A fluorinated bihydrazide conjugate for activatable sensing and imaging of hypochlorous acid by 19F NMR/MRI

Ao Li , Xiaoxue Tang , Xuanqing Gong , Hongming Chen , Hongyu Lin * and Jinhao Gao *
State Key Laboratory of Physical Chemistry of Solid Surfaces, The Key Laboratory for Chemical Biology of Fujian Province and Department of Chemical Biology, College of Chemistry and Chemical Engineering, Xiamen University, Xiamen 361005, China. E-mail: hylin007@xmu.edu.cn; jhgao@xmu.edu.cn

Received 26th August 2019 , Accepted 23rd September 2019

First published on 23rd September 2019


Hypochlorous acid (HClO) is one of the most important reactive oxygen species (ROS) and plays a vital role in many physiological and pathological processes. The comprehensive exploration of mechanistic details and the potential clinical translation necessitate the development of reliable probes for prompt and accurate detection of HClO in complex biological environments. Herein we report a fluorinated bihydrazide conjugate as a 19F NMR/MRI probe with a “turn-on” character for the detection of HClO. This probe could selectively respond to HClO, leading to a significant recovery of 19F signals for 19F NMR/MRI. Activatable sensing and imaging of HClO were achieved with SMMC-7721 cells and nude mice, which demonstrates that this small molecular conjugate could serve as a selective probe for real-time sensing and imaging of HClO in biological systems.


Reactive oxygen species (ROS) are one of the most important chemical species in biological systems, and include oxygen radicals such as superoxide (O2), hydroxyl radicals (HO˙), peroxyl radicals (ROO˙), and non-radical derivatives of oxygen (O2) like singlet oxygen (1O2), ozone (O3), hydrogen peroxide (H2O2), and hypochlorous acid (HClO).1 They are generated either exogenously or endogenously (inflammation, metabolism, etc.) and deeply involved in many physiological and pathological processes.1–5 Among them, hypochlorous acid (HClO) is mostly produced by the reaction between hydrogen peroxide (H2O2) and chloride (Cl) catalyzed by myeloperoxidase (MPO).6 In living bodies, the HClO produced by activated neutrophils through the MPO/H2O2/Cl system is within 20–400 μM.7 Recent research has established the close association between uncontrolled upregulation of HClO and various diseases, such as cardiovascular diseases,8 cancer,9 neuron degeneration,10 and atherosclerosis.11 The elaboration of mechanistic details and further applications for diagnosis and therapy rely on real-time and accurate detection of HClO in complex physiological environments, which underscores the great demand for HClO sensing and imaging probes. Many efforts have been dedicated to this field and a variety of probes have been developed for the detection of HClO in cells and animal models.12–18 However, most of the probes are based on fluorescent organic dyes that are susceptible to photobleaching or oxidation. Furthermore, fluorogenic methods are often restricted by shallow tissue penetration or autofluorescence interference. Several approaches trying to overcome these obstacles have been reported, in spite of their own limitations.19–21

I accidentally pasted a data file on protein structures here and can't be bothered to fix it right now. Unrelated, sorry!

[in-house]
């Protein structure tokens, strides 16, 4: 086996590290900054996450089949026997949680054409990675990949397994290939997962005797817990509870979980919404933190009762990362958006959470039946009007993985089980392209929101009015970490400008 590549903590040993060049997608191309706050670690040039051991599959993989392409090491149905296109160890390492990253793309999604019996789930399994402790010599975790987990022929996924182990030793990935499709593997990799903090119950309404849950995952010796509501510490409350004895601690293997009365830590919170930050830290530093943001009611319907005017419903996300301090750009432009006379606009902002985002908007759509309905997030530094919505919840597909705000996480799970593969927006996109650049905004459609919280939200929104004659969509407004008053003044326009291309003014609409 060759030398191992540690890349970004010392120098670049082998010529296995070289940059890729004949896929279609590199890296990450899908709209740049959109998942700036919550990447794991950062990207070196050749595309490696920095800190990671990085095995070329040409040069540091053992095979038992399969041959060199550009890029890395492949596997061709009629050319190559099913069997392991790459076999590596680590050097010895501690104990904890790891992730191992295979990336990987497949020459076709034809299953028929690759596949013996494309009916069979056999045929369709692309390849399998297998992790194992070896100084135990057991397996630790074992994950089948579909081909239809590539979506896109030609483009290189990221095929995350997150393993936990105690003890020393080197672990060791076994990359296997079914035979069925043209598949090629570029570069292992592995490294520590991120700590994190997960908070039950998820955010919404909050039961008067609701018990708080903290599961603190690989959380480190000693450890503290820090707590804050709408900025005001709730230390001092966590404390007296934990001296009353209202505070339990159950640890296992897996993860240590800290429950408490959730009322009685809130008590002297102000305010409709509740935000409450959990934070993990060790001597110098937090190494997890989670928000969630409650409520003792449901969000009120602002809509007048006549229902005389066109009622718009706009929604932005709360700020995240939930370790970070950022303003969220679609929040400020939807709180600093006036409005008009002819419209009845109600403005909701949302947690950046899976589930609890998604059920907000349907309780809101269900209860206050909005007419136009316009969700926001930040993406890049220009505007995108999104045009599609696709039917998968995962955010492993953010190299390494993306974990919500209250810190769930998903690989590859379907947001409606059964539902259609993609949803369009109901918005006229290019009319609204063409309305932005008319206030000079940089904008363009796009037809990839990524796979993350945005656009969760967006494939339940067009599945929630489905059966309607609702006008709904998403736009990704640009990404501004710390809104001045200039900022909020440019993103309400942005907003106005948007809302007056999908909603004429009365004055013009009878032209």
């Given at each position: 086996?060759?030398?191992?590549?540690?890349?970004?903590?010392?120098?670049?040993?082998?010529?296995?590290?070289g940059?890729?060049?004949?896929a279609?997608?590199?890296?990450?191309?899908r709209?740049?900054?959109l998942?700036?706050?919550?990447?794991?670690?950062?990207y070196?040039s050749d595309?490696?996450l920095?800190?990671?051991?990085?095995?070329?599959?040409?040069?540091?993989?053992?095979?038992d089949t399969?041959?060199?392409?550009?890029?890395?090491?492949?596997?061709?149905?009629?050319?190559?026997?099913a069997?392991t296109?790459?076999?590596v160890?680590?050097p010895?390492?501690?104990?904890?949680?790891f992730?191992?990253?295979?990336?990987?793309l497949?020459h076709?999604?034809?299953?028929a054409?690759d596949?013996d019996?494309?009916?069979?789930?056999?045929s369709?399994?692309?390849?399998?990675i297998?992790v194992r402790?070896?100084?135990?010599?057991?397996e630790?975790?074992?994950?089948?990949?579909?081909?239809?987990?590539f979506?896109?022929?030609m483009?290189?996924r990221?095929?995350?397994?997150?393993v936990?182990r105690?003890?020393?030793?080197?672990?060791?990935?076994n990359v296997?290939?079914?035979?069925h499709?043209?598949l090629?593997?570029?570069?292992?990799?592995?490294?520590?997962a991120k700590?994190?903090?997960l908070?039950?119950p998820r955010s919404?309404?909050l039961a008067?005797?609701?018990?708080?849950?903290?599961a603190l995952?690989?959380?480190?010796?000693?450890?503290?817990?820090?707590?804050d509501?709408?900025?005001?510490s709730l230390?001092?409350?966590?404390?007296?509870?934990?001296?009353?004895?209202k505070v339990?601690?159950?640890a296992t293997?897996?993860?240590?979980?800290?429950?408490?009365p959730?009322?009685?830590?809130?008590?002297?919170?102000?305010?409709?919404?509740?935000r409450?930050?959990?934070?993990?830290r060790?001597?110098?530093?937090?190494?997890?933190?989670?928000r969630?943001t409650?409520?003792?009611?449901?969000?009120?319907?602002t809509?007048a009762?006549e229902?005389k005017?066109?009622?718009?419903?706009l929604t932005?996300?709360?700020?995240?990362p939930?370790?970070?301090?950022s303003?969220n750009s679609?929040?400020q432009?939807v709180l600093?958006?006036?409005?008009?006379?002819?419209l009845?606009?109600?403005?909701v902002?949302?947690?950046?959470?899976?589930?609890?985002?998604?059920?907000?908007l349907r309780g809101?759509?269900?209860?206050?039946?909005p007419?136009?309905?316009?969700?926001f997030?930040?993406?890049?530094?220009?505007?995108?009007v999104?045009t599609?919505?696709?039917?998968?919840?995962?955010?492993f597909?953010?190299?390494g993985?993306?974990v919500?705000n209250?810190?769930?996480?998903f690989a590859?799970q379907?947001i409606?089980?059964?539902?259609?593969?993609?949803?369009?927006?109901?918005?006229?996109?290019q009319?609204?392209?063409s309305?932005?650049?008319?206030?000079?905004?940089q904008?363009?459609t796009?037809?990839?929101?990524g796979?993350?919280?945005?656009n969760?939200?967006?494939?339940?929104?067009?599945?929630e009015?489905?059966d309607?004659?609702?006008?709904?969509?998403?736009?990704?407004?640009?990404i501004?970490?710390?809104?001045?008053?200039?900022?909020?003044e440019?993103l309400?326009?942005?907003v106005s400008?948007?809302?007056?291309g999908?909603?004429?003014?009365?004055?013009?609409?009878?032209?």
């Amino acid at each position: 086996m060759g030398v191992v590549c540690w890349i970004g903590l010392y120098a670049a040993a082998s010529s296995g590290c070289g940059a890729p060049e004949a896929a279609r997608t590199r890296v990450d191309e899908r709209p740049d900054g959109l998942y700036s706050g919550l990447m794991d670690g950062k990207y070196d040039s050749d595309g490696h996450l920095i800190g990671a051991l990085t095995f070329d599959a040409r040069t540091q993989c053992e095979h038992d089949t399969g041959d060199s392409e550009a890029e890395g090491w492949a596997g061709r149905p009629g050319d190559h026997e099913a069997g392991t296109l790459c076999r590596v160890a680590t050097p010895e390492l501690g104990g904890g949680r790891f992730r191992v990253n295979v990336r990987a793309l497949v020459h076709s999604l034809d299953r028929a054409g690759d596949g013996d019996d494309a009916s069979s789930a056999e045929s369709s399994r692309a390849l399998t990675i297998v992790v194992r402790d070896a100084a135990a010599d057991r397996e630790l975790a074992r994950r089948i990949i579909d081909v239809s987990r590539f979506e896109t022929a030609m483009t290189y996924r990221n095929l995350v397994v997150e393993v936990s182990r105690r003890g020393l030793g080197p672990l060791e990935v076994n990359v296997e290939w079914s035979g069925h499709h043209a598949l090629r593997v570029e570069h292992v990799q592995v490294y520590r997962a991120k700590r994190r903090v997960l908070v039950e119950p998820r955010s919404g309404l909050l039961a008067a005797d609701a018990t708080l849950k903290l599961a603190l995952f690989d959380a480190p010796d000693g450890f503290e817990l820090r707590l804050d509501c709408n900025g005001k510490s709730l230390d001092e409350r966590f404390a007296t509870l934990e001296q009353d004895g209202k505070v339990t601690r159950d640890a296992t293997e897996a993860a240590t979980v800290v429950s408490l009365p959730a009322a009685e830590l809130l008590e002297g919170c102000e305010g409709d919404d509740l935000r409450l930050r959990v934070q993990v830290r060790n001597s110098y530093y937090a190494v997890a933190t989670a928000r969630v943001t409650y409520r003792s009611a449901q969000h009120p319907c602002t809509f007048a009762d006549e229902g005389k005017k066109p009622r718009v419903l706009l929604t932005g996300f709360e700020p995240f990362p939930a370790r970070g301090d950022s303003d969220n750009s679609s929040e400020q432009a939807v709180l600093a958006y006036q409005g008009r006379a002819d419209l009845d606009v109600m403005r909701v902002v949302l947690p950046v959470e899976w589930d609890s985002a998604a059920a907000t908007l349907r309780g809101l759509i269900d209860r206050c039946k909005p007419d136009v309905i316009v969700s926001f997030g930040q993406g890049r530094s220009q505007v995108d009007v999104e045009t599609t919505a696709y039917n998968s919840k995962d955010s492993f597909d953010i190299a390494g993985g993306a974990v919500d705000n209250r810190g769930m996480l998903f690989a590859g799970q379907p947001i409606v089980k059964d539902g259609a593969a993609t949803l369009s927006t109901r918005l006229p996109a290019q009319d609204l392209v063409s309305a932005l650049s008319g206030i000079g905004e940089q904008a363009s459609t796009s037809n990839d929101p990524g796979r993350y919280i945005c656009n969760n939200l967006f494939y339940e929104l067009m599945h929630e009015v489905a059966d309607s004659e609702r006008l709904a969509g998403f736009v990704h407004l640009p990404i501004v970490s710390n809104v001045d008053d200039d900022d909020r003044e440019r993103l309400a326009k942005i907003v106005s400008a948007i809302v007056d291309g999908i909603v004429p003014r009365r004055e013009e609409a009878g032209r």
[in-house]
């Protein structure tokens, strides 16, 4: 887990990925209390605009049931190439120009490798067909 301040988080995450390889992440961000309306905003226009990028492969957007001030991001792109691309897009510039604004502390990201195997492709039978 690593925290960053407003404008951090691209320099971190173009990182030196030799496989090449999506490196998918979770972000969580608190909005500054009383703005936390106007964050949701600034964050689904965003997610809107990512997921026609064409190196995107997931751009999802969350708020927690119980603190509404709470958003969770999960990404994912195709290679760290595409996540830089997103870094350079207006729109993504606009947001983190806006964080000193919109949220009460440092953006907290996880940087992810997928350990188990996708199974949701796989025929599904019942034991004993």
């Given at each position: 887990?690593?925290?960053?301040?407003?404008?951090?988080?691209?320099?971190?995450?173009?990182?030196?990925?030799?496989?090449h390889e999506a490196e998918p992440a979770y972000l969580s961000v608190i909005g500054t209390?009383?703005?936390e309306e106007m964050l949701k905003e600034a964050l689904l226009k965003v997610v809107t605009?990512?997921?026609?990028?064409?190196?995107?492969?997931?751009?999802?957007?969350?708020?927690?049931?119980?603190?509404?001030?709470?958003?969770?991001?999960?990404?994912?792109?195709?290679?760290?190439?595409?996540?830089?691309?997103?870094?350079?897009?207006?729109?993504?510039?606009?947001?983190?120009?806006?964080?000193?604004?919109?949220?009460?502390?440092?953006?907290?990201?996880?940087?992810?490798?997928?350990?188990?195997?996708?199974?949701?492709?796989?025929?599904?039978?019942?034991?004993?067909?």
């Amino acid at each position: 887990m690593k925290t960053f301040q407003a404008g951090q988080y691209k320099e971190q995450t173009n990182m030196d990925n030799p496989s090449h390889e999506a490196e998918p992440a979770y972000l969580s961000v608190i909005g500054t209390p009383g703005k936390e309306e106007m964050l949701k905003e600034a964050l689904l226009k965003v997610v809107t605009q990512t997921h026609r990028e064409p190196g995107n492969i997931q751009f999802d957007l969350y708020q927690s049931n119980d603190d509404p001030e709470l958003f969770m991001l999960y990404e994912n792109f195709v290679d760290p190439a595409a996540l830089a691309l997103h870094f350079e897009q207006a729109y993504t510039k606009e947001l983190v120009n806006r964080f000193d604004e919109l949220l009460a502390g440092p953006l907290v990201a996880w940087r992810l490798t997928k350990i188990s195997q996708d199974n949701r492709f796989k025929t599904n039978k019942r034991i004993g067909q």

Magnetic resonance imaging (MRI) is a non-invasive imaging technique with high spatial resolution and deep tissue penetration which is widely used in clinics and research.22–27 Over the years, protons (1H) are the only class of nuclei used for MRI because of their abundance and high sensitivity. As an emerging complement to conventional 1H MRI, 19F MRI has several advantages including a comparable sensitivity (83% of 1H), a broad chemical shift (>350 ppm), and a negligible background (<10−6 M in the human body).28,29 As a result, 19F MRI is considered to be a promising method for imaging bioactive chemical species. Recently, Kikuchi and co-workers have developed a few activatable 19F MRI probes for assessing enzymatic activity.30–32 Several 19F MRI probes aimed at the detection of ROS, biothiols and cell hypoxia have also been reported.33–37 All these reports render it appealing to detect and visualize HClO in organisms with 19F MRI. Unfortunately, to the best of our knowledge, there has been no study reported on selective sensing and imaging of HClO with 19F MRI probes.